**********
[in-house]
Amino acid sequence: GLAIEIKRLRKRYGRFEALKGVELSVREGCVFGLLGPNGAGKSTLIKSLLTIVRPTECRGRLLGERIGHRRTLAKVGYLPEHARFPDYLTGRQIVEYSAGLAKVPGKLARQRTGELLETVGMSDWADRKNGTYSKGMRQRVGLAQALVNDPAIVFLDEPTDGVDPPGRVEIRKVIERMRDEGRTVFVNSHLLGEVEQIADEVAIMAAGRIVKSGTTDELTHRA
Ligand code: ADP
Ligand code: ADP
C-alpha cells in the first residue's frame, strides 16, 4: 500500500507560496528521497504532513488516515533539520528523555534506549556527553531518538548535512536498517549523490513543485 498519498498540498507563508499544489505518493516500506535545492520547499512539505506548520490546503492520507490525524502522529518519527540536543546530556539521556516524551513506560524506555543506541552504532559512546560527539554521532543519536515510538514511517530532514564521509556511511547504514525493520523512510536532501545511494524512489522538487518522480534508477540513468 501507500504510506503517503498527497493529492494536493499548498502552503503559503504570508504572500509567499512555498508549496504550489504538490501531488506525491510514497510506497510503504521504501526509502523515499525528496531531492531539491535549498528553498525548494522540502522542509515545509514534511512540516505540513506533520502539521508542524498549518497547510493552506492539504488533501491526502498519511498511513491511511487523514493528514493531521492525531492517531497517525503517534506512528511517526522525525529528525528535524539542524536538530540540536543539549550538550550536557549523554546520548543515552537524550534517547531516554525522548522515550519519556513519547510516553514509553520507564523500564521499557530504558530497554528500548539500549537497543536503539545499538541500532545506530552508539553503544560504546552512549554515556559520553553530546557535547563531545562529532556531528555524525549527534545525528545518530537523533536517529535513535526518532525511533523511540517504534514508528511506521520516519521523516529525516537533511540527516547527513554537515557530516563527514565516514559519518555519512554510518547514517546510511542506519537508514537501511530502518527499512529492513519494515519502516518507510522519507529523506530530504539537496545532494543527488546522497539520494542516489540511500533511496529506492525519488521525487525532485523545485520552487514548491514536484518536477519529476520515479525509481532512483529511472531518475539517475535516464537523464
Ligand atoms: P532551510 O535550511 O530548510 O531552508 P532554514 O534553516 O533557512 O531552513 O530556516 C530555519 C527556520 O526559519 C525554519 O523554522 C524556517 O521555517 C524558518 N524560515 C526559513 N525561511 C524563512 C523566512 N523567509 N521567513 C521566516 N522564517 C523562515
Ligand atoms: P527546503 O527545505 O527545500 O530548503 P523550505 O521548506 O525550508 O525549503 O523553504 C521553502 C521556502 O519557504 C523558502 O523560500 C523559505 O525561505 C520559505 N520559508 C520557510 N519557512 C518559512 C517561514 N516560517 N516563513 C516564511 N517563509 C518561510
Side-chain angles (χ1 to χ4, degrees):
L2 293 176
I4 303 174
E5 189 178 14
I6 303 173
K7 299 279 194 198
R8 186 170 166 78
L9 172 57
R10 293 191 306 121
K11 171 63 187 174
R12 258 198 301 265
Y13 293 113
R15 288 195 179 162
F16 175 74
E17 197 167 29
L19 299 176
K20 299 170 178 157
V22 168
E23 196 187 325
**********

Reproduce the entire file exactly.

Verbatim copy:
[in-house]
Amino acid sequence: GLAIEIKRLRKRYGRFEALKGVELSVREGCVFGLLGPNGAGKSTLIKSLLTIVRPTECRGRLLGERIGHRRTLAKVGYLPEHARFPDYLTGRQIVEYSAGLAKVPGKLARQRTGELLETVGMSDWADRKNGTYSKGMRQRVGLAQALVNDPAIVFLDEPTDGVDPPGRVEIRKVIERMRDEGRTVFVNSHLLGEVEQIADEVAIMAAGRIVKSGTTDELTHRA
Ligand code: ADP
Ligand code: ADP
C-alpha cells in the first residue's frame, strides 16, 4: 500500500507560496528521497504532513488516515533539520528523555534506549556527553531518538548535512536498517549523490513543485 498519498498540498507563508499544489505518493516500506535545492520547499512539505506548520490546503492520507490525524502522529518519527540536543546530556539521556516524551513506560524506555543506541552504532559512546560527539554521532543519536515510538514511517530532514564521509556511511547504514525493520523512510536532501545511494524512489522538487518522480534508477540513468 501507500504510506503517503498527497493529492494536493499548498502552503503559503504570508504572500509567499512555498508549496504550489504538490501531488506525491510514497510506497510503504521504501526509502523515499525528496531531492531539491535549498528553498525548494522540502522542509515545509514534511512540516505540513506533520502539521508542524498549518497547510493552506492539504488533501491526502498519511498511513491511511487523514493528514493531521492525531492517531497517525503517534506512528511517526522525525529528525528535524539542524536538530540540536543539549550538550550536557549523554546520548543515552537524550534517547531516554525522548522515550519519556513519547510516553514509553520507564523500564521499557530504558530497554528500548539500549537497543536503539545499538541500532545506530552508539553503544560504546552512549554515556559520553553530546557535547563531545562529532556531528555524525549527534545525528545518530537523533536517529535513535526518532525511533523511540517504534514508528511506521520516519521523516529525516537533511540527516547527513554537515557530516563527514565516514559519518555519512554510518547514517546510511542506519537508514537501511530502518527499512529492513519494515519502516518507510522519507529523506530530504539537496545532494543527488546522497539520494542516489540511500533511496529506492525519488521525487525532485523545485520552487514548491514536484518536477519529476520515479525509481532512483529511472531518475539517475535516464537523464
Ligand atoms: P532551510 O535550511 O530548510 O531552508 P532554514 O534553516 O533557512 O531552513 O530556516 C530555519 C527556520 O526559519 C525554519 O523554522 C524556517 O521555517 C524558518 N524560515 C526559513 N525561511 C524563512 C523566512 N523567509 N521567513 C521566516 N522564517 C523562515
Ligand atoms: P527546503 O527545505 O527545500 O530548503 P523550505 O521548506 O525550508 O525549503 O523553504 C521553502 C521556502 O519557504 C523558502 O523560500 C523559505 O525561505 C520559505 N520559508 C520557510 N519557512 C518559512 C517561514 N516560517 N516563513 C516564511 N517563509 C518561510
Side-chain angles (χ1 to χ4, degrees):
L2 293 176
I4 303 174
E5 189 178 14
I6 303 173
K7 299 279 194 198
R8 186 170 166 78
L9 172 57
R10 293 191 306 121
K11 171 63 187 174
R12 258 198 301 265
Y13 293 113
R15 288 195 179 162
F16 175 74
E17 197 167 29
L19 299 176
K20 299 170 178 157
V22 168
E23 196 187 325